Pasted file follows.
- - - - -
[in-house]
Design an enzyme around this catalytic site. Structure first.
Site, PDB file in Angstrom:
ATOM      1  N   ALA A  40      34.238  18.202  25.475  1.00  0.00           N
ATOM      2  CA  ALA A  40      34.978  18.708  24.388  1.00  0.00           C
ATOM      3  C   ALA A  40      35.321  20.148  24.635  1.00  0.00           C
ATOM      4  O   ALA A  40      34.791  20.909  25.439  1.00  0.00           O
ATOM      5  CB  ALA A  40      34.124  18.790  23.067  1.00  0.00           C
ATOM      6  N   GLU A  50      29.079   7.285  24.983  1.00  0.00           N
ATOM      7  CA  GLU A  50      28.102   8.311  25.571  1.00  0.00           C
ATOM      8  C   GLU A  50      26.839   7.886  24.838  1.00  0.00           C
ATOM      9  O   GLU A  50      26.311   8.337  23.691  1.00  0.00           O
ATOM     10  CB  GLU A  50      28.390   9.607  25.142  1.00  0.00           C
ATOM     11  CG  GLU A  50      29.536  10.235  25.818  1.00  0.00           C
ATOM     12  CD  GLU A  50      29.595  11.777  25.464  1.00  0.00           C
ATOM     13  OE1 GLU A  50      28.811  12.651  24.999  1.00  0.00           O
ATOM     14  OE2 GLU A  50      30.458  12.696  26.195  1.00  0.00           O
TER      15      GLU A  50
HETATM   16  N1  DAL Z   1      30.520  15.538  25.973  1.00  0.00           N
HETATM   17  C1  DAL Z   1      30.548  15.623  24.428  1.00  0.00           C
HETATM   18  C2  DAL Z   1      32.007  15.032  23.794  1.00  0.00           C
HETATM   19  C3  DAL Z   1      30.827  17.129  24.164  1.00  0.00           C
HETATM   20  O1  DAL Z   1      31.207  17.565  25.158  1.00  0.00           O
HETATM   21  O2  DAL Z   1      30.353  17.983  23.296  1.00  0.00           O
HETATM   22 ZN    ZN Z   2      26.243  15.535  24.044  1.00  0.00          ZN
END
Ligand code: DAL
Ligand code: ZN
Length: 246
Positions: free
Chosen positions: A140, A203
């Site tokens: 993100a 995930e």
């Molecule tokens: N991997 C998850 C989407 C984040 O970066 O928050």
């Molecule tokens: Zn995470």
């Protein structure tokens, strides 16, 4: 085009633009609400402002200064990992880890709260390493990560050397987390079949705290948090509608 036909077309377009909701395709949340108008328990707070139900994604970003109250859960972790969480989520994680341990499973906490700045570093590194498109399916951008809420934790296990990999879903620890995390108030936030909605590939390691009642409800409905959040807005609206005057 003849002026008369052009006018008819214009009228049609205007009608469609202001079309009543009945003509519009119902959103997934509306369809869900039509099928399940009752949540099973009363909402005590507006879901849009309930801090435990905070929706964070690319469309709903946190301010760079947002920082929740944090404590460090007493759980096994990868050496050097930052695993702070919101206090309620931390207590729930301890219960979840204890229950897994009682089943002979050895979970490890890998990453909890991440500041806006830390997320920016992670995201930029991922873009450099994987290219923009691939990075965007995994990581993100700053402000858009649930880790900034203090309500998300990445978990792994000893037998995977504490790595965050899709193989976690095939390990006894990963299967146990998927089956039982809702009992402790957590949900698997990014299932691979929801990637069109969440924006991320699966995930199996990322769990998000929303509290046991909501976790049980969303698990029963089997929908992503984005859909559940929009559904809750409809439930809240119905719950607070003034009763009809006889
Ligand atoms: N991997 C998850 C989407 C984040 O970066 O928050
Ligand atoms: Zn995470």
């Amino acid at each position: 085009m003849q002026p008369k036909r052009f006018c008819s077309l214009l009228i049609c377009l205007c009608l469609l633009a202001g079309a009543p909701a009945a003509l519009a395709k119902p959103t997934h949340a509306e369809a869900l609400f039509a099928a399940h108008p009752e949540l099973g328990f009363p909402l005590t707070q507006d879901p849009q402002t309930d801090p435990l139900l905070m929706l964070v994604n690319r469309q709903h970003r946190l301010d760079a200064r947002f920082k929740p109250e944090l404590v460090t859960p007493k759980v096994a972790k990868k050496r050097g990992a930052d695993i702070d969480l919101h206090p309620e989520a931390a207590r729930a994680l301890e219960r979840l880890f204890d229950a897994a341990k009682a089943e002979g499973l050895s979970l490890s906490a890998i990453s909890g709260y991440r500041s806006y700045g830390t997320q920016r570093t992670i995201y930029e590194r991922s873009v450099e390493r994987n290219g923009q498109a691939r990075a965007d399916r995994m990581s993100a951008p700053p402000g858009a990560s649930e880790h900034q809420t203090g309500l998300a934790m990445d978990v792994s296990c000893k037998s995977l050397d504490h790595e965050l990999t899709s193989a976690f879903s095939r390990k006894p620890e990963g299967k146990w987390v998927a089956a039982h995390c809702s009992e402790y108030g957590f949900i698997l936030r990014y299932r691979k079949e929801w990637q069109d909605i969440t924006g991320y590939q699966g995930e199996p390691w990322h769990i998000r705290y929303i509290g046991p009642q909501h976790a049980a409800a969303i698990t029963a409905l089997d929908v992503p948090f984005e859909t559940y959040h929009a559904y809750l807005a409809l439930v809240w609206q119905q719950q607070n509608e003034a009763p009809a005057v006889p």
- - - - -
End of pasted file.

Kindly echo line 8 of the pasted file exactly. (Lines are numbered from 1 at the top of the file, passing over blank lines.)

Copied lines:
ATOM      5  CB  ALA A  40      34.124  18.790  23.067  1.00  0.00           C